Earlier this month, the Trustees of the Social Security Trust Funds released another set of figures underscoring the dreary outlook for the program. As usual, pundits took the opportunity to bash Congress as a collection of do-nothing ne’er-do-wells on the issue of entitlement reform.
This sequence has been going on as long as I can remember. It begs the question why Congress has done so little on the question of Social Security, which House Majority Leader Ryan has called “the most predictable crisis in history.” Every year, Congress sits idle as the largest program in the entire federal government swirls yearly closer and closer to crisis.
Contrary to popular opinion, there is substantial support for Social Security reform at the grassroots. Current polling shows that even a majority of current seniors believe that the system is heading for crisis. The Social Security Administration expects nearly half of those people turning 71 today will be alive when the program is subjected to automatic cuts.
The support is, however, highly diluted across dozens of reform ideas and concepts. There is no consensus, or willingness of voters to embrace clichés as dogma has reduced the discussion of Social Security reform to a shouting match. In the process, hyperbole is routinely mistaken as fact, creating networks of impenetrable voting blocks that no politician wants to alienate. Reason has left the building.
“Eliminate the Cap, Problem Solved”
This voting block is unwilling to talk about benefit cuts—period. To them, the eternal solution is no more complicated than asking the wealthy to “pay their fair share”.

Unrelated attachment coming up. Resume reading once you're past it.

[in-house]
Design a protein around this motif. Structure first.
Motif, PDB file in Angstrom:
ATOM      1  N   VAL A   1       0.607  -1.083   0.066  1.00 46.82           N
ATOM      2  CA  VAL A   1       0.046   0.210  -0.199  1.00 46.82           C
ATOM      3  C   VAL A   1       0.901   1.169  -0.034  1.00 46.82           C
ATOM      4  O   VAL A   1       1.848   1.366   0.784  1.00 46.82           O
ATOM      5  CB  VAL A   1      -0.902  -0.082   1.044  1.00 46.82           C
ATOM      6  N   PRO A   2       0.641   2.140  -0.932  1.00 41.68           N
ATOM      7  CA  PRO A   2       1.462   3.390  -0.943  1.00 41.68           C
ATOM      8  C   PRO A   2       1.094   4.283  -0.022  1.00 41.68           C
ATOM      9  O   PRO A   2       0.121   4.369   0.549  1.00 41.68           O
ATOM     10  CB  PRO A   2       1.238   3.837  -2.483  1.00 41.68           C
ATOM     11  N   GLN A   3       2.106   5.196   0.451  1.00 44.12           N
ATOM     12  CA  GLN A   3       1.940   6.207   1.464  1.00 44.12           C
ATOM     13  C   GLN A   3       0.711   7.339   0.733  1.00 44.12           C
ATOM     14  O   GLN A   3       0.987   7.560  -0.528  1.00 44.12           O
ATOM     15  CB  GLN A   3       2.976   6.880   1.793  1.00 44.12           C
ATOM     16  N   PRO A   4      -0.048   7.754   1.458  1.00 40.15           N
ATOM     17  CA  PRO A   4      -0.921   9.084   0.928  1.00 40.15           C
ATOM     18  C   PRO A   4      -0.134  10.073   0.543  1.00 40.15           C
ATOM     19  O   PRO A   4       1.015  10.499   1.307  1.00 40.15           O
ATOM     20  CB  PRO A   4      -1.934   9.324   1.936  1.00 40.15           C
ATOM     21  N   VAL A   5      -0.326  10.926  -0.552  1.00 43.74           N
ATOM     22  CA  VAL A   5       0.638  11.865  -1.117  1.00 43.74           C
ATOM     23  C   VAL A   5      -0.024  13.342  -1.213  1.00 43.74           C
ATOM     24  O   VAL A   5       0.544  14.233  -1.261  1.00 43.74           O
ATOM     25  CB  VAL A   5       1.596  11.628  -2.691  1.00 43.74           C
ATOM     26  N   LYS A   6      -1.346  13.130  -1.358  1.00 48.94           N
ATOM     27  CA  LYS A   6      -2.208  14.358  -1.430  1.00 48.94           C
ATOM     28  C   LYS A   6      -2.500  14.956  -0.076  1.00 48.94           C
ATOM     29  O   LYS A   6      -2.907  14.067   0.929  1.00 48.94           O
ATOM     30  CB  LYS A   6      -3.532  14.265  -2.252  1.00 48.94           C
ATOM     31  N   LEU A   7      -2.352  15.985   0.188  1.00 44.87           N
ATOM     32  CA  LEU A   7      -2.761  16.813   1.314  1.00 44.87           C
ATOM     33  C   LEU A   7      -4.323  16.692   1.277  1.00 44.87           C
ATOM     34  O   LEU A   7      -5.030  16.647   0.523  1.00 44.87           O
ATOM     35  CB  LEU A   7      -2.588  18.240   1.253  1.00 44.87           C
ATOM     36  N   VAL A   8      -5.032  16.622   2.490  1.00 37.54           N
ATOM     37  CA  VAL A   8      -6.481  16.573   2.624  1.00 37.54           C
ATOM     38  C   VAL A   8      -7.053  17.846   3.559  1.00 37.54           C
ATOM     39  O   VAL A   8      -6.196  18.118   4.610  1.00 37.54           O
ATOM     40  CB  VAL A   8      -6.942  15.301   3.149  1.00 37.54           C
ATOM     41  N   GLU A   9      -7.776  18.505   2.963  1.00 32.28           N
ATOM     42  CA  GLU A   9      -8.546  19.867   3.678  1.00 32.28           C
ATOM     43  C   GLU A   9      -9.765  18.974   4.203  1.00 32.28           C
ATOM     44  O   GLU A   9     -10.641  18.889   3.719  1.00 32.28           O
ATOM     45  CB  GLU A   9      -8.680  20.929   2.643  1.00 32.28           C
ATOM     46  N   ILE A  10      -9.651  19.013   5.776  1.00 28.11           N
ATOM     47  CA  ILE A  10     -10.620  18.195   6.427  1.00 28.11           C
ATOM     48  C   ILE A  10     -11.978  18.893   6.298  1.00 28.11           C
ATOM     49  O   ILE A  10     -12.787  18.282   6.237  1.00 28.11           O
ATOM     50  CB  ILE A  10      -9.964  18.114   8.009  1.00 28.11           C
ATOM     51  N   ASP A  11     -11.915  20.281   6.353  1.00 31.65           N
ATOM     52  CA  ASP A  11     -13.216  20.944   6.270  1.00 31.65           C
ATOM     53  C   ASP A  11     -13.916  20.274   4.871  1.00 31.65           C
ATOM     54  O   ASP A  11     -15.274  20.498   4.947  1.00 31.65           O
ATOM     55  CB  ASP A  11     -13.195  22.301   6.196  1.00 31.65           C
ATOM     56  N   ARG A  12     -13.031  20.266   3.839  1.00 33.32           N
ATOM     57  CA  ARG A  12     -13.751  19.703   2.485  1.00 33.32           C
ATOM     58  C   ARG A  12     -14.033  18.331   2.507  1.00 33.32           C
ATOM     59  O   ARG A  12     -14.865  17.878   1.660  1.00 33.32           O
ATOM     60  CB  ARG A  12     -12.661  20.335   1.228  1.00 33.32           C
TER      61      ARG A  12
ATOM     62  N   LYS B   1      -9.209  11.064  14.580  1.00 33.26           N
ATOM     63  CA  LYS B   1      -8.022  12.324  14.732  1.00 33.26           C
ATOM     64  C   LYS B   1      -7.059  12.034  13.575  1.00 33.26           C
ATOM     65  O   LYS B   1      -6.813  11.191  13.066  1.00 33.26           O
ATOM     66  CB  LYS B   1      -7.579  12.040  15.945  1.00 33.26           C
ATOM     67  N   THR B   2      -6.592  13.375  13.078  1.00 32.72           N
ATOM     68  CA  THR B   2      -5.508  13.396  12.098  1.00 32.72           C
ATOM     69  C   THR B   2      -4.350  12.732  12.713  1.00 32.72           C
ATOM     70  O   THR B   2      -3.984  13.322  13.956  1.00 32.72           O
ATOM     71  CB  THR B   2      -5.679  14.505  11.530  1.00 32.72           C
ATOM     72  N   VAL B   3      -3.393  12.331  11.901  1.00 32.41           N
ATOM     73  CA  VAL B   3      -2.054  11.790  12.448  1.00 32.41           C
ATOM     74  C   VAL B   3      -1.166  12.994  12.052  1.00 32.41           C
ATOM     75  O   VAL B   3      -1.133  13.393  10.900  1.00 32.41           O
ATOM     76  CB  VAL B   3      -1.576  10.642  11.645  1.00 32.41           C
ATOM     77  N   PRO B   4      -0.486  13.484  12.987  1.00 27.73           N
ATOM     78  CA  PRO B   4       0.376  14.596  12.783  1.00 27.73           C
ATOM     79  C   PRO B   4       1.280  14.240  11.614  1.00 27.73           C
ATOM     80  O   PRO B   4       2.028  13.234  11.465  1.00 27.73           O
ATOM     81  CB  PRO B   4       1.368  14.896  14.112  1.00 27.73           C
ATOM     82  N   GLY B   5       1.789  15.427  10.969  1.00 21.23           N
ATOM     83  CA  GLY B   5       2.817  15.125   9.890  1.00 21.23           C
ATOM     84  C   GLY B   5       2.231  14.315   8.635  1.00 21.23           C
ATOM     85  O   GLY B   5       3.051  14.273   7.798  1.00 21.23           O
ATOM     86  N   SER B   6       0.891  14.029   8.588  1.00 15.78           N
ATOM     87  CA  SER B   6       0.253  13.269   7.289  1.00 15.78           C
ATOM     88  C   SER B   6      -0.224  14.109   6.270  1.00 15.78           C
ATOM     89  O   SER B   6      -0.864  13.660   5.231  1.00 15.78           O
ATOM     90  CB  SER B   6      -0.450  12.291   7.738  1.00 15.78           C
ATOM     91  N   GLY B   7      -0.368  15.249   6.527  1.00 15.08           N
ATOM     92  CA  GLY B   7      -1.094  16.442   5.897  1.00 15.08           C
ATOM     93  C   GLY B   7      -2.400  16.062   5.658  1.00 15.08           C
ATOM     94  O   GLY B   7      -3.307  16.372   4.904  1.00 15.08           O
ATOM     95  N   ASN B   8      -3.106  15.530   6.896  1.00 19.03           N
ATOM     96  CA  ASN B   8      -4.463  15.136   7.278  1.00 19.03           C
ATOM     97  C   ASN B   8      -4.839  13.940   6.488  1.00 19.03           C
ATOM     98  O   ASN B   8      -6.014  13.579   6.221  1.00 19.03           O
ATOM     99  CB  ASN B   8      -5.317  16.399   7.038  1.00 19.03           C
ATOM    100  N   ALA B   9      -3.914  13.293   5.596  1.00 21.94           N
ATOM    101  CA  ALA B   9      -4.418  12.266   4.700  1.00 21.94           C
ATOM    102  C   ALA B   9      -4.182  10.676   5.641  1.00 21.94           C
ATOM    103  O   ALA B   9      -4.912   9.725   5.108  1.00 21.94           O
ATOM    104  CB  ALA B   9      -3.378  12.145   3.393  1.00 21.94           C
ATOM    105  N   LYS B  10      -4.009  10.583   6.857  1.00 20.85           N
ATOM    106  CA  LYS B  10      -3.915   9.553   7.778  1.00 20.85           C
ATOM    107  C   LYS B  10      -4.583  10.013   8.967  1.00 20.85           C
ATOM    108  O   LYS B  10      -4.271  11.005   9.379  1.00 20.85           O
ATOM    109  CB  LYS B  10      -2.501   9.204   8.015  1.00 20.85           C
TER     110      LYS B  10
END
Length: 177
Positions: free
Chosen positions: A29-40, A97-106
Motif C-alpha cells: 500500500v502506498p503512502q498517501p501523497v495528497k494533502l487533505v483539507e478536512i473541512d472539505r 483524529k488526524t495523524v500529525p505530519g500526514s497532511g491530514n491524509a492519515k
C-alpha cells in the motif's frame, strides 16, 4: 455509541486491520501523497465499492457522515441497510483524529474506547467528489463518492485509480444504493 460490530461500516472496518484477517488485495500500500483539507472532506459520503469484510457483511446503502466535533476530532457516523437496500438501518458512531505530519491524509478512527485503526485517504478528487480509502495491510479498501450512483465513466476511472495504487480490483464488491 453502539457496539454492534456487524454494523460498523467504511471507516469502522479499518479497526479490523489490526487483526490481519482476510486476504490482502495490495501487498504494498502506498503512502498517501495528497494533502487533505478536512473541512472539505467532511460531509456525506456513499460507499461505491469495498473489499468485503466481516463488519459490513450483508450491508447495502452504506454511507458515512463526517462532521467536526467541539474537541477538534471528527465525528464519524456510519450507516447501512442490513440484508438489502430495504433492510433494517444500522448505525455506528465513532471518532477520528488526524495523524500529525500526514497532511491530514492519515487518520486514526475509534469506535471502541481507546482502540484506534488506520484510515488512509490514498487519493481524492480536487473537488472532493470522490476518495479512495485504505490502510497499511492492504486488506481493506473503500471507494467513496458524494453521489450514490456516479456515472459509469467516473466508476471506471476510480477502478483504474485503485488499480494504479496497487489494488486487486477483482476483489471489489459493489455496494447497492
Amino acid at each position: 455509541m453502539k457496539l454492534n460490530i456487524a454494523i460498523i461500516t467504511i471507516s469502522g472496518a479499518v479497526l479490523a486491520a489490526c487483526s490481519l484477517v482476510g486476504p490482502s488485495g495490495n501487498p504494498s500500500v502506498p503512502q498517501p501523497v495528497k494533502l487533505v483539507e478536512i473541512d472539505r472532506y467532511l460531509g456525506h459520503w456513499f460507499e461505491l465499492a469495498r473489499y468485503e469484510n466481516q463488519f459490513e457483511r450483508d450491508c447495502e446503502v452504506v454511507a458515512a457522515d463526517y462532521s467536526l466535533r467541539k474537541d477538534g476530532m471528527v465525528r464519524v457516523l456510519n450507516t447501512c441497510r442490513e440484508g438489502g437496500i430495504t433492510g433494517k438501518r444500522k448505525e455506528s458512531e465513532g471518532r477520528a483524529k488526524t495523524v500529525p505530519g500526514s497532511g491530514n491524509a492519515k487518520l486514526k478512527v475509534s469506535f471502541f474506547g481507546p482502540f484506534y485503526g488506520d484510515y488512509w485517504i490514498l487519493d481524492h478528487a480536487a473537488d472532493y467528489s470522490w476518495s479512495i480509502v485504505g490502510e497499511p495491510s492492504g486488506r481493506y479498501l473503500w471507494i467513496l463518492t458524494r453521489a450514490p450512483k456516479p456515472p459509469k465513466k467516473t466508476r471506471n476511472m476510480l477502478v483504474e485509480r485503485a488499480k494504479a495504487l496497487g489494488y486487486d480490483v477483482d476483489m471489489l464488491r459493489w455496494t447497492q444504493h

The Social Security Administration believes that this proposal deals with 67 percent of the short-term solvency issue. The Congressional Budget Office believes it is closer to 40 percent. Mind you, the definition of “solved” doesn’t mean that there is no problem. It is the cost to kick the can a few years down the road.
The Congressional Budget Office also believes that changing the payroll tax structure would encourage workers and employers to restructure compensation. They might, for example, take more pay in non-taxable income. Employers would reduce wages to reflect the higher employment costs. In short, income tax collections would fall as a result of changing Social Security.
“Just Put the Money Back”
The subscribers of this theory have nearly zero tolerance for reductions in benefits. To them, the Social Security Trust Fund is real, and Congress simply needs to repay the loans in order for Social Security to meet its obligations forever.
The fact is the numbers provided by the Trustees assume that every penny ever borrowed will be repaid with interest. In the most recent report, they forecast that the system has $13.2 trillion of unfunded obligations. If the government actually defaults on the obligations held by the trust fund, the liabilities rise dollar for dollar.
“The Money Was Spent On Other Government Projects”
This audience has zero interest in raising taxes which they believe will only encourage Congressional abuse of the system.